HYBE, the hitmaker behind global smash phenom BTS, revealed Thursday that it’s seeking its next big thing: A U.S.-based pop girl group.
The South Korean juggernaut said the new group will be developed like those of the notoriously tough K-pop industrial complex, which has a reputation for producing star singer-dancers—dubbed “idols”—by the dozens, all trained with nearly immaculate precision in both performance and public image. HYBE is now holding worldwide virtual auditions for potential members, who can submit their bids via an official website.
The girl group, which will eventually debut in Los Angeles, is the brainchild of a joint venture between HYBE and Universal Music Group. The two entertainment giants, founded on opposite sides of the planet, have been orbiting closer and closer for years now; in October, UMG landed a major licensing and distribution deal with HYBE for its flagship boy band BTS (those rights previously belonged to UMG’s competitor Sony Music). BTS could be considered K-pop’s greatest supernova: It’s the first such group to debut a No. 1 album on the U.S. Billboard 100, the first to perform at the American Music Awards, and the first to snag a Grammy nomination. Their YouTube channel has over 60 million subscribers, scores more than breakout chart-topper Billie Eilish and more than double that of beloved rapper Drake.
This new partnership sees HYBE collaborating with UMG’s Geffen Records, whose historic roster includes iconic artists like Nirvana, Guns N’ Roses, and Weezer. It also marks the first time a U.S. record label and a K-pop company have joined forces to create a new performer, thus furthering K-pop’s ascent in the mainstream world, which had so far been largely powered by BTS.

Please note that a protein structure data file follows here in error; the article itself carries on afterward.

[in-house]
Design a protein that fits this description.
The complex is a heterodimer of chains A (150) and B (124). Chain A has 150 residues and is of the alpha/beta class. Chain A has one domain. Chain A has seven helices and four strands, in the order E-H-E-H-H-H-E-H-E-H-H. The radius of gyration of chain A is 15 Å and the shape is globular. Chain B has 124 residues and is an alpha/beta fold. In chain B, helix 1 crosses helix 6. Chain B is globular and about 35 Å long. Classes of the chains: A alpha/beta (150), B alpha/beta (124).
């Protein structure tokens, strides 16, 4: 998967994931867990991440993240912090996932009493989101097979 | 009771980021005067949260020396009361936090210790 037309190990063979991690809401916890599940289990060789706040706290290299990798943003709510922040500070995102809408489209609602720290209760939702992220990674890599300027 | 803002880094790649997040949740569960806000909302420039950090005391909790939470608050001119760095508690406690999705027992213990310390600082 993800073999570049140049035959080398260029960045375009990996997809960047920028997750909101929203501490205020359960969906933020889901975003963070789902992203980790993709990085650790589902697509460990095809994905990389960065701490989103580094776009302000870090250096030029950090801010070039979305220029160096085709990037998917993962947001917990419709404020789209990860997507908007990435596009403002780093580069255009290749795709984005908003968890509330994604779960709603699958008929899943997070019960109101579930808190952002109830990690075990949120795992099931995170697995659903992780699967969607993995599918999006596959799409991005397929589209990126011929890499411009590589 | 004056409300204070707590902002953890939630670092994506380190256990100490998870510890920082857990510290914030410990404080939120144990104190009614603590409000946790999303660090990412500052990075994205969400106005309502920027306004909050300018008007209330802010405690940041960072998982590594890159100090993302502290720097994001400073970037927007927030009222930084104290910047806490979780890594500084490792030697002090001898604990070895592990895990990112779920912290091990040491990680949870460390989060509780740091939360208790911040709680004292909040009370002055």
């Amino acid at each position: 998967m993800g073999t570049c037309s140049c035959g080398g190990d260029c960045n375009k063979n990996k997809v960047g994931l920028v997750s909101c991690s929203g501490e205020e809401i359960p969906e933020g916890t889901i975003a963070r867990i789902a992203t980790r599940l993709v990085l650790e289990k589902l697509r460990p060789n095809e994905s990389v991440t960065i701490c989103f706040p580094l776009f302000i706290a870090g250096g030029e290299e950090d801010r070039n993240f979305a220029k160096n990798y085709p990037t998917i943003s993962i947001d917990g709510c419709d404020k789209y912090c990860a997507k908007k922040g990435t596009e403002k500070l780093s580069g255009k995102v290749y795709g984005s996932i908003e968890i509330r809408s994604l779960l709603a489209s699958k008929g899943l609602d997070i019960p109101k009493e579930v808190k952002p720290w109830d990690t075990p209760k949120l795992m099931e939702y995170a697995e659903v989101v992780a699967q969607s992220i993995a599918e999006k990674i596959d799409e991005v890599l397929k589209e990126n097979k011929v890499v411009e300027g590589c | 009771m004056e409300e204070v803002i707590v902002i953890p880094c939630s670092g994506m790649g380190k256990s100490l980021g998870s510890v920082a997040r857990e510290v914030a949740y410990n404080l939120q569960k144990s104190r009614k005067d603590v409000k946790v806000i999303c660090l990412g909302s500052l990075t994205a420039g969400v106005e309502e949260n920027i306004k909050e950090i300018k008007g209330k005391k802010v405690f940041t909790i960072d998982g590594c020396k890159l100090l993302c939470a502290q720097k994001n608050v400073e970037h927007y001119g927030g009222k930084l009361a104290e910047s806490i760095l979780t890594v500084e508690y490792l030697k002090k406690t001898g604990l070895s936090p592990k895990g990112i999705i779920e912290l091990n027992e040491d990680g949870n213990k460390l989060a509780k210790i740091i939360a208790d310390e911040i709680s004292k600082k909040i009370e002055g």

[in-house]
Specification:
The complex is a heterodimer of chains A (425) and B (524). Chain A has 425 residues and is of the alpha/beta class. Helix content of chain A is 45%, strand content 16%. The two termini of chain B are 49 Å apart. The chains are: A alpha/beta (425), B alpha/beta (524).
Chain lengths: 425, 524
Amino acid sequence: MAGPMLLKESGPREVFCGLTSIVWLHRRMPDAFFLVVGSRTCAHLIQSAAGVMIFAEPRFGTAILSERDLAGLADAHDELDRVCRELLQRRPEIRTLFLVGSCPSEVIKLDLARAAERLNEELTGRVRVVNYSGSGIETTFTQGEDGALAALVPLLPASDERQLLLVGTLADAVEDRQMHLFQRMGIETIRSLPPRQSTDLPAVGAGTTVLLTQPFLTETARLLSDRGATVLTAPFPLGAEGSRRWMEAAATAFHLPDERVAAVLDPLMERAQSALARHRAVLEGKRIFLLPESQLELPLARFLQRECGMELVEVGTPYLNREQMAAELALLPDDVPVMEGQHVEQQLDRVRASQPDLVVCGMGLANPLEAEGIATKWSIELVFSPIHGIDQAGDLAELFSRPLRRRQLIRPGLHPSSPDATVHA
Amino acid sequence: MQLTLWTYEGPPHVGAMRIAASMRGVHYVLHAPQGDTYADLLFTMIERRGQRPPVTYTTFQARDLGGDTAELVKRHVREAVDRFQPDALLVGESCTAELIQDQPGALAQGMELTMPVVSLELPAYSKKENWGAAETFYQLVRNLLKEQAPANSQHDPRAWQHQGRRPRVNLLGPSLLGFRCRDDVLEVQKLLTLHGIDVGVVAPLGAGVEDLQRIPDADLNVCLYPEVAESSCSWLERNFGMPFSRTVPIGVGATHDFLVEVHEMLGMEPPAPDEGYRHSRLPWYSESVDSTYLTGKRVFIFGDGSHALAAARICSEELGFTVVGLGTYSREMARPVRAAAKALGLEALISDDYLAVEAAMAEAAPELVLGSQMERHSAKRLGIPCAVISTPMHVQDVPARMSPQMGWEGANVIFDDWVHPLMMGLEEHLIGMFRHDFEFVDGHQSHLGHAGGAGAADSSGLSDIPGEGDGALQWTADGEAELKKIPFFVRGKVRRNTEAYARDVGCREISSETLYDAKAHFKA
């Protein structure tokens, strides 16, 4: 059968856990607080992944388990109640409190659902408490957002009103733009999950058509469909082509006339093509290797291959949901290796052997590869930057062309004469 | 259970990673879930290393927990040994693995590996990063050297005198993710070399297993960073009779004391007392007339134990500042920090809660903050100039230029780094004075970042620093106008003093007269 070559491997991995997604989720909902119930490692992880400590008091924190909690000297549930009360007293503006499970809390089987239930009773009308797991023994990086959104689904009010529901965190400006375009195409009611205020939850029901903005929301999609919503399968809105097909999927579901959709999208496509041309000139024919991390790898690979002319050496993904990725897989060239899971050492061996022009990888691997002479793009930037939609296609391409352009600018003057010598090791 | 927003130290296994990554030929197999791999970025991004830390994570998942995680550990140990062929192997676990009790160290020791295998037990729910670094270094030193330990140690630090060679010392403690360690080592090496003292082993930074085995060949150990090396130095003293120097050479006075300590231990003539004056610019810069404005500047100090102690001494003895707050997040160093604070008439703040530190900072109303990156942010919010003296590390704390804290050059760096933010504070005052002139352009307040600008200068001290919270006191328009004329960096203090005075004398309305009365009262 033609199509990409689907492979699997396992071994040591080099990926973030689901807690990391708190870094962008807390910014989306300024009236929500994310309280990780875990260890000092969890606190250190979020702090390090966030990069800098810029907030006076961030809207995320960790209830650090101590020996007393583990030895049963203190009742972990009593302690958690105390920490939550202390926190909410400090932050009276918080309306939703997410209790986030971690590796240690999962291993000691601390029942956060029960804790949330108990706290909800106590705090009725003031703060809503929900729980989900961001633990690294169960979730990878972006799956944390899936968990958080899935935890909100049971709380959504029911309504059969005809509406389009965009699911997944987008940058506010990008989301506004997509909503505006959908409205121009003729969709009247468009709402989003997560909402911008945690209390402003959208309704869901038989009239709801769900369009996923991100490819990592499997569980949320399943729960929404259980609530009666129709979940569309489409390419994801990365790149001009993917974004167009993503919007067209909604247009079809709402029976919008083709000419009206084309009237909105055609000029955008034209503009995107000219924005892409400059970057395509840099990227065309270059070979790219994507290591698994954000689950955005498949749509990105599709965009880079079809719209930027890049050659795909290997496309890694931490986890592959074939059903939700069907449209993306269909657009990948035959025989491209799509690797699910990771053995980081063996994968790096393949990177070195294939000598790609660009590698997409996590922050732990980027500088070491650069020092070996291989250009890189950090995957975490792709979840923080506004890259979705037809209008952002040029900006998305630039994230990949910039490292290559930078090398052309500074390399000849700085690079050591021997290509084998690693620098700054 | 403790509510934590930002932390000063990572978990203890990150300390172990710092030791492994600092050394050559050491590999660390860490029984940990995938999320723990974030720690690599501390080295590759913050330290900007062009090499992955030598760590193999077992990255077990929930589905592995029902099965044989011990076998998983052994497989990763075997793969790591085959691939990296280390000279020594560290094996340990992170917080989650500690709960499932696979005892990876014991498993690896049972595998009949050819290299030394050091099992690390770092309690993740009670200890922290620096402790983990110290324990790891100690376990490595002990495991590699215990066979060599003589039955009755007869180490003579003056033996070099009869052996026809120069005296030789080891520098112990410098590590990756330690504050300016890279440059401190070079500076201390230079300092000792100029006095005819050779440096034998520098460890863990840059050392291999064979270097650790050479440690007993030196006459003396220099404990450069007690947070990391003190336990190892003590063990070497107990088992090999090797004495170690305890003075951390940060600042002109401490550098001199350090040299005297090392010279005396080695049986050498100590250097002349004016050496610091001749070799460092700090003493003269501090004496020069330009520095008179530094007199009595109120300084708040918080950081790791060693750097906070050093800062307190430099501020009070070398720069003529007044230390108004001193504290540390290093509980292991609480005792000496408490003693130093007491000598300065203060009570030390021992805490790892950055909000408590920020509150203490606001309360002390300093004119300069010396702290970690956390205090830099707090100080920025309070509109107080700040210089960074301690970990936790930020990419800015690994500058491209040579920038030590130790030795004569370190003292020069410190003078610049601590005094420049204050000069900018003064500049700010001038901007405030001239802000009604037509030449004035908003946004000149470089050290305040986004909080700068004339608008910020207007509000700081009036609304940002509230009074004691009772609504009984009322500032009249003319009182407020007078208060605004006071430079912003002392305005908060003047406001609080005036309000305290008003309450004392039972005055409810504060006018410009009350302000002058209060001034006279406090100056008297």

Universal Music Group, which had a banner public debut on Amsterdam’s Euronext stock market in September, saw a slight increase in share price as of midday Thursday.
HYBE, meanwhile, released its quarterly earnings Thursday, reporting that revenue skyrocketed nearly 80% year-over-year. Between July and September, it hauled in roughly $288 million. That was mostly driven by a 40% year-over-year rise in its “artist indirect-involvement” business, which uses artists’ names and likenesses for advertising and branding. It was also bolstered by new revenue from album drops and celebrity appearances, which are accelerating after pandemic slowdowns.
HYBE also unveiled future projects to leverage its artists’ intellectual property across myriad mediums, including web novels, blockchain technology, and a video game coengineered with BTS band members set to launch in early 2022.